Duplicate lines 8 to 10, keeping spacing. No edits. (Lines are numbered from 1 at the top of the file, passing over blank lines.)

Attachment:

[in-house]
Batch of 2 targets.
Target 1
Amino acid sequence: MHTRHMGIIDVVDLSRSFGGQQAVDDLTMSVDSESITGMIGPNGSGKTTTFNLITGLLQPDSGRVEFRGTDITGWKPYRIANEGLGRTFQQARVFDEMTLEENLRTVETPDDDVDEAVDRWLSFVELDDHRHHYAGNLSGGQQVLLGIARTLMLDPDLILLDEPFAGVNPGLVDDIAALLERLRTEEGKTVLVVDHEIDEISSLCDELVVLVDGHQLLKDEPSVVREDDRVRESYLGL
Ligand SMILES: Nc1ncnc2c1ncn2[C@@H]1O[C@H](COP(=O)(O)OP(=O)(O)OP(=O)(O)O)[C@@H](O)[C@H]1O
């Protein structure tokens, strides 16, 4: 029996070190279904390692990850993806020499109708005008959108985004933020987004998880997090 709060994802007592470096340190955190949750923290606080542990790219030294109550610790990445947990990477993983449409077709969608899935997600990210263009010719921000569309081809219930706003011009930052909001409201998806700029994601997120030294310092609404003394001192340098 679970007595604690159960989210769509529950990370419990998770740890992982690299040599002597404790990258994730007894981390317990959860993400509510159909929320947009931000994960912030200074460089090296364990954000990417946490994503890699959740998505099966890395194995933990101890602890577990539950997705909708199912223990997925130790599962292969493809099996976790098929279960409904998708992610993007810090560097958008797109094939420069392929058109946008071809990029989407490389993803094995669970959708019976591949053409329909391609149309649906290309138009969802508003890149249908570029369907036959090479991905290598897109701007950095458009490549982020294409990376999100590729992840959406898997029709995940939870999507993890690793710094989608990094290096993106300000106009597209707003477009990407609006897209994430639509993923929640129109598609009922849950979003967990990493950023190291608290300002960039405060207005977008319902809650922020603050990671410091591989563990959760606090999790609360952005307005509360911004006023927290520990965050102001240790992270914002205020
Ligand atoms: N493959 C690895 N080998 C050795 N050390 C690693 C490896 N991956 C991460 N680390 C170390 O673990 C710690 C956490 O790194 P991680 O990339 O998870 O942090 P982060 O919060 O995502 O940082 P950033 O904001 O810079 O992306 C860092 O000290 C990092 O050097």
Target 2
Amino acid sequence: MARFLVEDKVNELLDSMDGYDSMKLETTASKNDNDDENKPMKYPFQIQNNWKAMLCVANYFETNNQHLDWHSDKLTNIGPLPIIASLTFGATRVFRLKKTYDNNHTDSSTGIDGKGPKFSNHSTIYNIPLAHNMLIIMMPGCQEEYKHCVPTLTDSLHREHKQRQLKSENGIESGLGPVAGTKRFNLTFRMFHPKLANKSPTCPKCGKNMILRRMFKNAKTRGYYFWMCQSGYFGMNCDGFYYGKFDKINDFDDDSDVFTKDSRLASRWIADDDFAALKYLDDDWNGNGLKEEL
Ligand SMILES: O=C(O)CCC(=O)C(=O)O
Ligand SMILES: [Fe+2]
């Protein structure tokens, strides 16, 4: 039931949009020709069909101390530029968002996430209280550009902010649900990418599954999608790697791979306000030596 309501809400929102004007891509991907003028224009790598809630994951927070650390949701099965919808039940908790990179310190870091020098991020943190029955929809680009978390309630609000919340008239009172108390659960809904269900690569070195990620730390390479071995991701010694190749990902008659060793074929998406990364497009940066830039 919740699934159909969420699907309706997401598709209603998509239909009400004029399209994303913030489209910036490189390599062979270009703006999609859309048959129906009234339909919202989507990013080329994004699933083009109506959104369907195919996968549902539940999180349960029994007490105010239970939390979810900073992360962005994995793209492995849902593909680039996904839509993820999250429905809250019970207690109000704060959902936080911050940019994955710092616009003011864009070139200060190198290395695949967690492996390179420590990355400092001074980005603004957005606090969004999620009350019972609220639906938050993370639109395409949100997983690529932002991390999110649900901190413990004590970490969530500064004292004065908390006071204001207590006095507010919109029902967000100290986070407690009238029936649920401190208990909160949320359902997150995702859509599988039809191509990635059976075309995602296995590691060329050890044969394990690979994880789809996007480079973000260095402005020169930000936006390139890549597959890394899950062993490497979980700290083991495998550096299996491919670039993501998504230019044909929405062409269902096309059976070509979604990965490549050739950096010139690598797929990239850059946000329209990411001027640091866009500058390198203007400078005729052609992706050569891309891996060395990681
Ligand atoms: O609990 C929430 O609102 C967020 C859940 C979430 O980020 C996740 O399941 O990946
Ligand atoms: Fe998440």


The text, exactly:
Target 2
Amino acid sequence: MARFLVEDKVNELLDSMDGYDSMKLETTASKNDNDDENKPMKYPFQIQNNWKAMLCVANYFETNNQHLDWHSDKLTNIGPLPIIASLTFGATRVFRLKKTYDNNHTDSSTGIDGKGPKFSNHSTIYNIPLAHNMLIIMMPGCQEEYKHCVPTLTDSLHREHKQRQLKSENGIESGLGPVAGTKRFNLTFRMFHPKLANKSPTCPKCGKNMILRRMFKNAKTRGYYFWMCQSGYFGMNCDGFYYGKFDKINDFDDDSDVFTKDSRLASRWIADDDFAALKYLDDDWNGNGLKEEL
Ligand SMILES: O=C(O)CCC(=O)C(=O)O